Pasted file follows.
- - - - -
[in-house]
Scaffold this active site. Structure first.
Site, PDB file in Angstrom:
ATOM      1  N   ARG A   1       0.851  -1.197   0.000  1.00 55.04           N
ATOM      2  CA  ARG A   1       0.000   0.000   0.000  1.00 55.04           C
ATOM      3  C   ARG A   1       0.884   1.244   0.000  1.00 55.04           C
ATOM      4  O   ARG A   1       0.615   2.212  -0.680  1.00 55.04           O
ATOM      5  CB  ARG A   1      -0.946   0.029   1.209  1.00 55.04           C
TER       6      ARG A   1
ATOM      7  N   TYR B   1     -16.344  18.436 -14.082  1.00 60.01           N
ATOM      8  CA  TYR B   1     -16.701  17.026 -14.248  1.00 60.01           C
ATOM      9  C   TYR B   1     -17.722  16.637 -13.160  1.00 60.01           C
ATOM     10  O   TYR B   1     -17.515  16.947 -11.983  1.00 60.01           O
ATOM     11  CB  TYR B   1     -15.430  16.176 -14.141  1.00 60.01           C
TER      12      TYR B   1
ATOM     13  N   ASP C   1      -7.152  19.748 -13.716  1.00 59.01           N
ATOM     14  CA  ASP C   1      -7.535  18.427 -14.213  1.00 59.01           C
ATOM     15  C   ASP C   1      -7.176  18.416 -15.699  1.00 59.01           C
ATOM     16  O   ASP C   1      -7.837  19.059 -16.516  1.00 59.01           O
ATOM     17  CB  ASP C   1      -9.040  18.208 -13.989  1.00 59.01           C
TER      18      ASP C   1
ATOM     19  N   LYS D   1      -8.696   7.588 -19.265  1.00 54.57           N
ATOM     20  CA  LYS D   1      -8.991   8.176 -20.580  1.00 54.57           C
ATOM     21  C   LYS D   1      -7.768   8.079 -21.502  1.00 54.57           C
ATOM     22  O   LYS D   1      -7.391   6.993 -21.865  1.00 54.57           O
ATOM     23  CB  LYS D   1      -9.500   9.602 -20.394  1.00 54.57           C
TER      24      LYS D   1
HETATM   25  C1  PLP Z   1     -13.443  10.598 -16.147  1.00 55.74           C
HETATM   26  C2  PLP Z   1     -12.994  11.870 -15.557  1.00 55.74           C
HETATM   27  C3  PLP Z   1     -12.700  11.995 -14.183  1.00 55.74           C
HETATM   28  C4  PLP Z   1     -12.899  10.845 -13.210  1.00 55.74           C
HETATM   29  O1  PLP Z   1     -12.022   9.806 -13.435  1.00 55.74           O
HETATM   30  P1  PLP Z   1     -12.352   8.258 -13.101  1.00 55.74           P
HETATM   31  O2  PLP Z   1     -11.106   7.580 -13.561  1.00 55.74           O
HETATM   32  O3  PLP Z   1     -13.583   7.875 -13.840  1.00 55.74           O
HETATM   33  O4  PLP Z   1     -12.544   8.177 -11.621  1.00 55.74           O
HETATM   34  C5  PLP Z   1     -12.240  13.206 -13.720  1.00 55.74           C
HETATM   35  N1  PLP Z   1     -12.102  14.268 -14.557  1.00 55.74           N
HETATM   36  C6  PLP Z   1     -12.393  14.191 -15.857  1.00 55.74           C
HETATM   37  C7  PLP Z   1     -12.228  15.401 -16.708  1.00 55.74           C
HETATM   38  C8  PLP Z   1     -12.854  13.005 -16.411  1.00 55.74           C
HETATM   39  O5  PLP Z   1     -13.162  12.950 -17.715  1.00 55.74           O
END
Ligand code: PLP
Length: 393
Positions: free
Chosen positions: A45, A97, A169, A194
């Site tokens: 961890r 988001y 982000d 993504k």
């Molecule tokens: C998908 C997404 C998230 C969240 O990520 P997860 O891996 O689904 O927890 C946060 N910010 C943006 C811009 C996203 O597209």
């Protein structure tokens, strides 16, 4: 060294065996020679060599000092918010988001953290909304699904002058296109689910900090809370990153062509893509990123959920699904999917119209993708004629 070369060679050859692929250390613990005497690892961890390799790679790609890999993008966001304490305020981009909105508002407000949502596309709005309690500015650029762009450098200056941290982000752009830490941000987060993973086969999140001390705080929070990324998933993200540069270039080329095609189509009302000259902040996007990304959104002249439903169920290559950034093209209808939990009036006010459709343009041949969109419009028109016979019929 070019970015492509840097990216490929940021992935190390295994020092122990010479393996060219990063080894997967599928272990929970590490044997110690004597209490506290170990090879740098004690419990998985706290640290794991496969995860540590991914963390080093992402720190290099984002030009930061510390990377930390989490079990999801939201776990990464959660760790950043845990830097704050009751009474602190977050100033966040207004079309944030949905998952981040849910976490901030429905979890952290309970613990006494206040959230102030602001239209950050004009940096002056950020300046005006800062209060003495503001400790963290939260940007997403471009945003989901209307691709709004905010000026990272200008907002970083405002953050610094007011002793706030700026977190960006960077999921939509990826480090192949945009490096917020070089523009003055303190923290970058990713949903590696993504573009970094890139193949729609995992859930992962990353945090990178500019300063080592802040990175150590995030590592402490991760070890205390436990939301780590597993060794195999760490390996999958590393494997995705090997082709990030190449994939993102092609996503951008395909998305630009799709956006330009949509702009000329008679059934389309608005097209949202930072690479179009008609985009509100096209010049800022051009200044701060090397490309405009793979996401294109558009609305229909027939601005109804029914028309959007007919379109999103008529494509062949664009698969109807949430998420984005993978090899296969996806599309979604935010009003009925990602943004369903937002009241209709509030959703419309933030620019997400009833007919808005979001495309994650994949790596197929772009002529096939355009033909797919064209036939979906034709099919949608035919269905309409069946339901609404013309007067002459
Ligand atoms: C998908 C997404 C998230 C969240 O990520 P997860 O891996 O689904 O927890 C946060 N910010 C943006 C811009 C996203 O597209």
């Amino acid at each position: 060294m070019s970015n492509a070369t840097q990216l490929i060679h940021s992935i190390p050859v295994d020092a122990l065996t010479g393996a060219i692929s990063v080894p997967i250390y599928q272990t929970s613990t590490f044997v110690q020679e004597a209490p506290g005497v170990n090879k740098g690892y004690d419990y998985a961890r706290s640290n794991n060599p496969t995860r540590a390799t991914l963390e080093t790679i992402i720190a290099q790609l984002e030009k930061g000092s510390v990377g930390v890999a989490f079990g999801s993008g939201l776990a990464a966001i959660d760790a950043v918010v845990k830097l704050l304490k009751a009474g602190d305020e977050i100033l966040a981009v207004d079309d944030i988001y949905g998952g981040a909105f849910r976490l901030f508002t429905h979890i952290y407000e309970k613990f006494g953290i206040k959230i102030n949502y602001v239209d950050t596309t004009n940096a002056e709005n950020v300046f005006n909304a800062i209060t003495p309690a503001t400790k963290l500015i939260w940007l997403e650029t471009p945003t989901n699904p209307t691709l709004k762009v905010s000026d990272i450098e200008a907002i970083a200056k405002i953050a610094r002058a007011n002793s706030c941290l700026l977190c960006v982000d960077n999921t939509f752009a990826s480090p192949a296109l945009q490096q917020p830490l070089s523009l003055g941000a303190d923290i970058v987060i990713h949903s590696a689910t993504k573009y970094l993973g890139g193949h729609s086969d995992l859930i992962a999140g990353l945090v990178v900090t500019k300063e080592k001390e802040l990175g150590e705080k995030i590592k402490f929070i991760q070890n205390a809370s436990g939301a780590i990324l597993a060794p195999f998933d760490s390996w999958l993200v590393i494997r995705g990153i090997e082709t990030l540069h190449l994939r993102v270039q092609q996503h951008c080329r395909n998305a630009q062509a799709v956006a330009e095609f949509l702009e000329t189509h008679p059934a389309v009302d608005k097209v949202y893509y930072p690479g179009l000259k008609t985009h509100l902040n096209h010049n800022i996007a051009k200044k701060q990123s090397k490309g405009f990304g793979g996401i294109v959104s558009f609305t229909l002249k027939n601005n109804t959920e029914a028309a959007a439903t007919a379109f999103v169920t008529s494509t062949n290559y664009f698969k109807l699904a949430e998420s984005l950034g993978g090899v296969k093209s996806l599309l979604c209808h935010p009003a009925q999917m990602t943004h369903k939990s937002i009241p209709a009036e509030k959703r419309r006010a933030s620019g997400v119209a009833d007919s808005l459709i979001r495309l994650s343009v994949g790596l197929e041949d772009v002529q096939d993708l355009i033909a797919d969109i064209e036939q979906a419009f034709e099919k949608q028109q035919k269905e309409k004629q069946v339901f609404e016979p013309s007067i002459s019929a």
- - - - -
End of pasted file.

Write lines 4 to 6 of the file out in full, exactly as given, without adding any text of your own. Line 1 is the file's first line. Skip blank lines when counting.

ATOM      1  N   ARG A   1       0.851  -1.197   0.000  1.00 55.04           N
ATOM      2  CA  ARG A   1       0.000   0.000   0.000  1.00 55.04           C
ATOM      3  C   ARG A   1       0.884   1.244   0.000  1.00 55.04           C